19 September 2021
Welcome back to the Week That Was series highlighting things from the interwebs which are interesting, noteworthy and/or probably worth your time.
Articles📝, Tweet(s)📱, Videos🎥, Charts 📈 all fair game with or without attendant commentary.
🎨🦪 Pearl Airpod
Girl With A Pearl Airpod, Ricky Molnar, Photography, 2020
📈 Bumper Returns
From Charlie Bilello Total Returns over the last 10 Years…:
- Bitcoin $BTC: +994,608%
- Tesla $TSLA: +15,200%
- NVIDIA $NVDA: +6,053%
- Netflix $NFLX: +2,337%
- Amazon $AMZN: +1,427%
- Microsoft $MSFT: +1,280%
- Apple $AAPL: +1,112%
- Google $GOOGL: +937%
- S&P 500 $SPY: +344%
- Bonds $AGG: +35%
- Gold $GLD: -6%
Best performers of the next decade?
🌊📱 Wave - Building a Cashless Africa
A 📝great deep-dive by Everett Randle, into a new global fintech platform - Wave.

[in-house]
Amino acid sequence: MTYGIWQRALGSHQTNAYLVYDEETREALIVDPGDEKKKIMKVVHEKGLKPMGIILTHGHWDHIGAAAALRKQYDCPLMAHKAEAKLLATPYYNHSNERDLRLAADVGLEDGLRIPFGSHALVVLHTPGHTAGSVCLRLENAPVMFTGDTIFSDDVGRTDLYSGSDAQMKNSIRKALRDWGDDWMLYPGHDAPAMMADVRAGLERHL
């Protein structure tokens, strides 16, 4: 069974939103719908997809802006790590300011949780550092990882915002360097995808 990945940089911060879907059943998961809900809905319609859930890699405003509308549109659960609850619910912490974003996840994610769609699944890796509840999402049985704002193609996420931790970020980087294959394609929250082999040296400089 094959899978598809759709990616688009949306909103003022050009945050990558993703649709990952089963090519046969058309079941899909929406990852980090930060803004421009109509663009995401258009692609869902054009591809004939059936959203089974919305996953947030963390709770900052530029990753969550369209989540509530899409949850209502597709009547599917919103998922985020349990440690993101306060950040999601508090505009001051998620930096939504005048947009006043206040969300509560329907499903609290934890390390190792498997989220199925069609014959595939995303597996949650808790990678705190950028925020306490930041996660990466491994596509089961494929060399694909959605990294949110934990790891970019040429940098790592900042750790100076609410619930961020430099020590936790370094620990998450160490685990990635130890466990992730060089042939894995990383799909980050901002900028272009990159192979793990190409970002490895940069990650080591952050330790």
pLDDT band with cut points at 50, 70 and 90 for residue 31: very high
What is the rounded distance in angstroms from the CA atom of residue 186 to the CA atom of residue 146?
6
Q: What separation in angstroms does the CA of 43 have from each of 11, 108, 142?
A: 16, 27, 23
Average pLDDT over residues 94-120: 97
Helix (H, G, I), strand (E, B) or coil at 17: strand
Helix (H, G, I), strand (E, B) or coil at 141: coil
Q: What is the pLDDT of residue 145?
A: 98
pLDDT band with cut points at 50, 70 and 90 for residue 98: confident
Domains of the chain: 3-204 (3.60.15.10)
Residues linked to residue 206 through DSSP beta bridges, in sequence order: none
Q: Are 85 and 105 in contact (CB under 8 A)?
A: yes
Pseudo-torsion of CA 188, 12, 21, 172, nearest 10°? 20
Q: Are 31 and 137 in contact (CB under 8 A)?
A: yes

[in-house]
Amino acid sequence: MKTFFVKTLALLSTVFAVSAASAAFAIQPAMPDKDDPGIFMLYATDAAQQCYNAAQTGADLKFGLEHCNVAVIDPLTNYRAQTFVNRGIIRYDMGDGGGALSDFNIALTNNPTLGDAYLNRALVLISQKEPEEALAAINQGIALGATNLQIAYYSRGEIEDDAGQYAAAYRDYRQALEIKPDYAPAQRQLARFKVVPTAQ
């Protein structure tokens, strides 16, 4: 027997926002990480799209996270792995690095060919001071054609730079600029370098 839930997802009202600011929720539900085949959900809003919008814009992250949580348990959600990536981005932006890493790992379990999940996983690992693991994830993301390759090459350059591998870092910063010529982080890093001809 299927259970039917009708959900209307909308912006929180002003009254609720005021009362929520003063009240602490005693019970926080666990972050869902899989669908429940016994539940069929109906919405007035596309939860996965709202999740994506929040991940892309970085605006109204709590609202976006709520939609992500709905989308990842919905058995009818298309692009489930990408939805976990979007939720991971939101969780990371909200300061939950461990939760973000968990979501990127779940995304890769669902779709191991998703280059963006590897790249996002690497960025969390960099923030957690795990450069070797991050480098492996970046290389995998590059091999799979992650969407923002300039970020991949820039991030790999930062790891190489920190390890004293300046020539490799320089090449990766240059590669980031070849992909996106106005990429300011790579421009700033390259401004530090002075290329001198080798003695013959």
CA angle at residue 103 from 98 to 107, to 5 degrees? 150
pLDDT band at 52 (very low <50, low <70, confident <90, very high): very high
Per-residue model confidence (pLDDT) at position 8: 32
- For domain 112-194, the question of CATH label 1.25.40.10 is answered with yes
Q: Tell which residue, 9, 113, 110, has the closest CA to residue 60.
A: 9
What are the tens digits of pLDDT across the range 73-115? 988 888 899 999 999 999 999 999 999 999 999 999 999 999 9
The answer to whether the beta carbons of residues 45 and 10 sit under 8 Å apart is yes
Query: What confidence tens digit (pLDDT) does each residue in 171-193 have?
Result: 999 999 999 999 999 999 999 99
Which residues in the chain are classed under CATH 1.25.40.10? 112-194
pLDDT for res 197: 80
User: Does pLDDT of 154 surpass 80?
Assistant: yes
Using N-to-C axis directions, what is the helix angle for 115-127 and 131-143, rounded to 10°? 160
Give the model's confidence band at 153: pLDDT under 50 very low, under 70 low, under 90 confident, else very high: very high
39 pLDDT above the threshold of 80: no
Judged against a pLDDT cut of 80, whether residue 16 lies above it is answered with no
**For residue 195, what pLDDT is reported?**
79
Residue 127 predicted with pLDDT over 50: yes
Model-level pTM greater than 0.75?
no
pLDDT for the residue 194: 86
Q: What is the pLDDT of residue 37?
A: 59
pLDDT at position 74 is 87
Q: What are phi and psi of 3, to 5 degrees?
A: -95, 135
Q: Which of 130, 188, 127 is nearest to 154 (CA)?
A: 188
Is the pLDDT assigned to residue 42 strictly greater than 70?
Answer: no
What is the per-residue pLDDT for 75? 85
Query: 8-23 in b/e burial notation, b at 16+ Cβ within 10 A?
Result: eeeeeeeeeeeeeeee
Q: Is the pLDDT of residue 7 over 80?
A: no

Having recently announced their $200M Series A, led by Founders Fund, Stripe, Ribbit, and Sequoia Heritage - that big payday is going toward building financial infrastructure that could one day improve the lives of 1 billion+ Africans.
The article summarised:
Why this Market?:
- Mobile money is and will continue to be the dominant financial services modality used across Sub-Saharan Africa
- African mobile money (while already a large market) is in the early innings of a multi-decade growth story, and the market is currently served by archaic & expensive incumbents
- Wave is run by an exceptional team who 1) is obsessed with building the best mobile money experience ever created, and 2) has already built a large consumer-facing fintech business in Africa
- In a short period of time Wave has brought an offering to market that rivals the best consumer fintech products across the globe
- Mobile money is a network-building wedge that enables Wave to create a platform for financial services spanning consumers & businesses across Sub-Saharan Africa
Mobile money products come in various forms, determined by the mix of vendors performing essential mobile money functions. Vendor types include telecom companies, banks, and independent fintech companies.
🐱💻 Good Code